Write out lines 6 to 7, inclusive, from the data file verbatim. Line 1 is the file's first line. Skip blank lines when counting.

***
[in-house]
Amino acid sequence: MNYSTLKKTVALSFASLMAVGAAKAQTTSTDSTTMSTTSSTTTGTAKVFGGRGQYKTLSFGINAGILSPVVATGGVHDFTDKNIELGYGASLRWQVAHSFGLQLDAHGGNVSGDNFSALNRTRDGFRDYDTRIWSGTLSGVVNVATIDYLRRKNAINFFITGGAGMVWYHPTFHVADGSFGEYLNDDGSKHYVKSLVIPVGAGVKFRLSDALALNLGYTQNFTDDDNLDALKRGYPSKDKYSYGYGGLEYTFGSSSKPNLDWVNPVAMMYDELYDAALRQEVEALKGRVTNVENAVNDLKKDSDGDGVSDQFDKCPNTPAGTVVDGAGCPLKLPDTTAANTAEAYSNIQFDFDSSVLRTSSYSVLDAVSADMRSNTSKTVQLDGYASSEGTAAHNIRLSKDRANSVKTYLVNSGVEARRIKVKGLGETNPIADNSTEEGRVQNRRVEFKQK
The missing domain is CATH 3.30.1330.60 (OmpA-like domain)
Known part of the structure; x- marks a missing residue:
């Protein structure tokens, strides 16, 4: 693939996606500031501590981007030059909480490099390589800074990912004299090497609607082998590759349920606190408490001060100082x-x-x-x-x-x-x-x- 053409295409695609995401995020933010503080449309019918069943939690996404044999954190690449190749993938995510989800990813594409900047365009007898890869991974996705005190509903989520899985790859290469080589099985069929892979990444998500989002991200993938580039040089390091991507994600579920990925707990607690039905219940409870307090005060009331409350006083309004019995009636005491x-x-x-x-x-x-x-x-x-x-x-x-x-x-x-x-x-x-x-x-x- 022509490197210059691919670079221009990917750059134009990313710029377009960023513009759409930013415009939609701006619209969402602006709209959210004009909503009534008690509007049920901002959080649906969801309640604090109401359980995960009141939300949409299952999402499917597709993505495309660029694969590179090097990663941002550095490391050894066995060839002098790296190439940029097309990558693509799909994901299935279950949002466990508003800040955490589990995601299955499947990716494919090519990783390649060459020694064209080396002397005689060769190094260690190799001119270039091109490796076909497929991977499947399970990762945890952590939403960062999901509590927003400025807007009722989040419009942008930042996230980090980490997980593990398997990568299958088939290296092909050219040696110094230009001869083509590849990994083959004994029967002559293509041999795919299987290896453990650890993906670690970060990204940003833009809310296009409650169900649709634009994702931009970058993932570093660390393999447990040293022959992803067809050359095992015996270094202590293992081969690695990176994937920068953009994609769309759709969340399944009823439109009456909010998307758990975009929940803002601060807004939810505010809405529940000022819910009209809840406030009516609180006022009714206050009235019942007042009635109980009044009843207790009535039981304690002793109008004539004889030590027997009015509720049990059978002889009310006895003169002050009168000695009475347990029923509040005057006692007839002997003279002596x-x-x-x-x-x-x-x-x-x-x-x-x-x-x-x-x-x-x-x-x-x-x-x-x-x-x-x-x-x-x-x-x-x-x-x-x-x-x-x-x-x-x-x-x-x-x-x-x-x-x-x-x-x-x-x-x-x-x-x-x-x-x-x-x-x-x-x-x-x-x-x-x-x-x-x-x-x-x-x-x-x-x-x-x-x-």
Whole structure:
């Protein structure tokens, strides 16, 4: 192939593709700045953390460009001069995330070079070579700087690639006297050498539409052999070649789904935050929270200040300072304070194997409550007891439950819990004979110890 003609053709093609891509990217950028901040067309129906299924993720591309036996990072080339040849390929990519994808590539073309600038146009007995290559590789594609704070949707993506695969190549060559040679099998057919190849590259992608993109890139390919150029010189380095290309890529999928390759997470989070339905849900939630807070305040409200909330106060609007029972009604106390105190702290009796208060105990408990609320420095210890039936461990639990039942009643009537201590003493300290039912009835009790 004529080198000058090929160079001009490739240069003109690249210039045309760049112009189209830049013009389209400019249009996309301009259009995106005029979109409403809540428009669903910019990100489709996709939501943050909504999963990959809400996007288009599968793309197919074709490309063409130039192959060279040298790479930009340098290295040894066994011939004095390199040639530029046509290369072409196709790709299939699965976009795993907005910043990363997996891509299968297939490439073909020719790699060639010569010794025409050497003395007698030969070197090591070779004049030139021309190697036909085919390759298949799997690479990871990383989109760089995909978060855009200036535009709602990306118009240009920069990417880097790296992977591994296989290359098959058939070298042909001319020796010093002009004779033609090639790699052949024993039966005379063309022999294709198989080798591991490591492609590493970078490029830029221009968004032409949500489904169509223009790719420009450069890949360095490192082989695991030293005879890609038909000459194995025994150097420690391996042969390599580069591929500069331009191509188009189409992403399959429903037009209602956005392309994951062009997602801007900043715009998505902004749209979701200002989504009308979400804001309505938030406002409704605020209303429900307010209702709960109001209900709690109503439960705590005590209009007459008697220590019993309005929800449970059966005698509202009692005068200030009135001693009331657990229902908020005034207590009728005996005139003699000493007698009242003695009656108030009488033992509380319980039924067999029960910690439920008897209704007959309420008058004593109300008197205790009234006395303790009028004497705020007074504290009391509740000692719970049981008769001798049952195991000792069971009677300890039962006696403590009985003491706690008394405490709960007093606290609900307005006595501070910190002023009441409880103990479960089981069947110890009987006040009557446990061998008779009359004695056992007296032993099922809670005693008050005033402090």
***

Whole structure:
């Protein structure tokens, strides 16, 4: 192939593709700045953390460009001069995330070079070579700087690639006297050498539409052999070649789904935050929270200040300072304070194997409550007891439950819990004979110890 003609053709093609891509990217950028901040067309129906299924993720591309036996990072080339040849390929990519994808590539073309600038146009007995290559590789594609704070949707993506695969190549060559040679099998057919190849590259992608993109890139390919150029010189380095290309890529999928390759997470989070339905849900939630807070305040409200909330106060609007029972009604106390105190702290009796208060105990408990609320420095210890039936461990639990039942009643009537201590003493300290039912009835009790 004529080198000058090929160079001009490739240069003109690249210039045309760049112009189209830049013009389209400019249009996309301009259009995106005029979109409403809540428009669903910019990100489709996709939501943050909504999963990959809400996007288009599968793309197919074709490309063409130039192959060279040298790479930009340098290295040894066994011939004095390199040639530029046509290369072409196709790709299939699965976009795993907005910043990363997996891509299968297939490439073909020719790699060639010569010794025409050497003395007698030969070197090591070779004049030139021309190697036909085919390759298949799997690479990871990383989109760089995909978060855009200036535009709602990306118009240009920069990417880097790296992977591994296989290359098959058939070298042909001319020796010093002009004779033609090639790699052949024993039966005379063309022999294709198989080798591991490591492609590493970078490029830029221009968004032409949500489904169509223009790719420009450069890949360095490192082989695991030293005879890609038909000459194995025994150097420690391996042969390599580069591929500069331009191509188009189409992403399959429903037009209602956005392309994951062009997602801007900043715009998505902004749209979701200002989504009308979400804001309505938030406002409704605020209303429900307010209702709960109001209900709690109503439960705590005590209009007459008697220590019993309005929800449970059966005698509202009692005068200030009135001693009331657990229902908020005034207590009728005996005139003699000493007698009242003695009656108030009488033992509380319980039924067999029960910690439920008897209704007959309420008058004593109300008197205790009234006395303790009028004497705020007074504290009391509740000692719970049981008769001798049952195991000792069971009677300890039962006696403590009985003491706690008394405490709960007093606290609900307005006595501070910190002023009441409880103990479960089981069947110890009987006040009557446990061998008779009359004695056992007296032993099922809670005693008050005033402090």